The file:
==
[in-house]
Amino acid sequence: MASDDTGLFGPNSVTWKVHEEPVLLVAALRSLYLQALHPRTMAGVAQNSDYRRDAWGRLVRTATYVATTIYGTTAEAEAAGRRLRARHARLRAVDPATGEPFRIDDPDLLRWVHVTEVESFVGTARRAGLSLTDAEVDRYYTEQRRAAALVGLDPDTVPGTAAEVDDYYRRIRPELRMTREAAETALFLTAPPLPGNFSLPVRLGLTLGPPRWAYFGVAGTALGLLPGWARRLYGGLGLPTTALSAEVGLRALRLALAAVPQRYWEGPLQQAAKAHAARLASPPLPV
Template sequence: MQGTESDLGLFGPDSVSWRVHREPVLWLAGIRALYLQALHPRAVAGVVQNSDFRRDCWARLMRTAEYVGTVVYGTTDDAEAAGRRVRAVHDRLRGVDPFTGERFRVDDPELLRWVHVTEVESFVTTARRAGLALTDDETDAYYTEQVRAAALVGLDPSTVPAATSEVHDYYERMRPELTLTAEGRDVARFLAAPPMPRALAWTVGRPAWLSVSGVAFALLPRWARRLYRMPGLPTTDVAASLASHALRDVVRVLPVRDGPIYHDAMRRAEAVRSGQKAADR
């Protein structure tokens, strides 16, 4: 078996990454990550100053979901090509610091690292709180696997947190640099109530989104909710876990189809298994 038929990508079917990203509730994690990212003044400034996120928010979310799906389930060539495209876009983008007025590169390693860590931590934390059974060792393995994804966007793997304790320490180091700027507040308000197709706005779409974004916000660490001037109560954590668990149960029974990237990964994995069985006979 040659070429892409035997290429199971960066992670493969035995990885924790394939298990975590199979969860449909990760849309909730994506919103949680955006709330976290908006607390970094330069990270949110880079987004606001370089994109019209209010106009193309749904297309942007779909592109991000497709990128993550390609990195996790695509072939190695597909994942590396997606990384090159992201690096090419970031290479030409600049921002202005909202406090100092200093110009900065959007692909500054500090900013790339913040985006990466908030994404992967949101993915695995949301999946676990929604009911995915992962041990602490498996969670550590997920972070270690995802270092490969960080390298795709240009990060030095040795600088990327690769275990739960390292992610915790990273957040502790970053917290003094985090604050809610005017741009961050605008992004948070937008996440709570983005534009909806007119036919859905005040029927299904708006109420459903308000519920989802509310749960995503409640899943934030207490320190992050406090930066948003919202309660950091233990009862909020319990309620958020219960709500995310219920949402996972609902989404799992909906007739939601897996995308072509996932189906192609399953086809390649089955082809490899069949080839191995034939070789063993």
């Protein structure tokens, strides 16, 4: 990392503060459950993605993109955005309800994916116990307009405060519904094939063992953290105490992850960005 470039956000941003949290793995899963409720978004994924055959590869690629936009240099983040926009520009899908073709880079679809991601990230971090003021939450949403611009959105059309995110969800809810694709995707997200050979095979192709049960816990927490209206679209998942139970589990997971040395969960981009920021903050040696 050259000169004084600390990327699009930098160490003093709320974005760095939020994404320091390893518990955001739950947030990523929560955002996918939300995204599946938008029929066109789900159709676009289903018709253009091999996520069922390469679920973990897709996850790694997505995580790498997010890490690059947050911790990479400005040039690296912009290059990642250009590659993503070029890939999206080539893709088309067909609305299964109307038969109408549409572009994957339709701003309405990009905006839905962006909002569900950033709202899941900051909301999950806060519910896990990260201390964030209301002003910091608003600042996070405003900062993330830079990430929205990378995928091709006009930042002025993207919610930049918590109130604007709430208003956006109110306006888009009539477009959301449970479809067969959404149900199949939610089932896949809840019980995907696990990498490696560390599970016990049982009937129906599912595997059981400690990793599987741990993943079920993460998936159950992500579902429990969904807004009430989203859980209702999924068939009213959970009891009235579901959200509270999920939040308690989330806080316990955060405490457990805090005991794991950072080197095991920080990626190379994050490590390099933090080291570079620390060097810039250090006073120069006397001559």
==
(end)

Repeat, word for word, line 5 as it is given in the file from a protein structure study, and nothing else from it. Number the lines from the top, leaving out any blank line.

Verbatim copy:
């Protein structure tokens, strides 16, 4: 990392503060459950993605993109955005309800994916116990307009405060519904094939063992953290105490992850960005 470039956000941003949290793995899963409720978004994924055959590869690629936009240099983040926009520009899908073709880079679809991601990230971090003021939450949403611009959105059309995110969800809810694709995707997200050979095979192709049960816990927490209206679209998942139970589990997971040395969960981009920021903050040696 050259000169004084600390990327699009930098160490003093709320974005760095939020994404320091390893518990955001739950947030990523929560955002996918939300995204599946938008029929066109789900159709676009289903018709253009091999996520069922390469679920973990897709996850790694997505995580790498997010890490690059947050911790990479400005040039690296912009290059990642250009590659993503070029890939999206080539893709088309067909609305299964109307038969109408549409572009994957339709701003309405990009905006839905962006909002569900950033709202899941900051909301999950806060519910896990990260201390964030209301002003910091608003600042996070405003900062993330830079990430929205990378995928091709006009930042002025993207919610930049918590109130604007709430208003956006109110306006888009009539477009959301449970479809067969959404149900199949939610089932896949809840019980995907696990990498490696560390599970016990049982009937129906599912595997059981400690990793599987741990993943079920993460998936159950992500579902429990969904807004009430989203859980209702999924068939009213959970009891009235579901959200509270999920939040308690989330806080316990955060405490457990805090005991794991950072080197095991920080990626190379994050490590390099933090080291570079620390060097810039250090006073120069006397001559």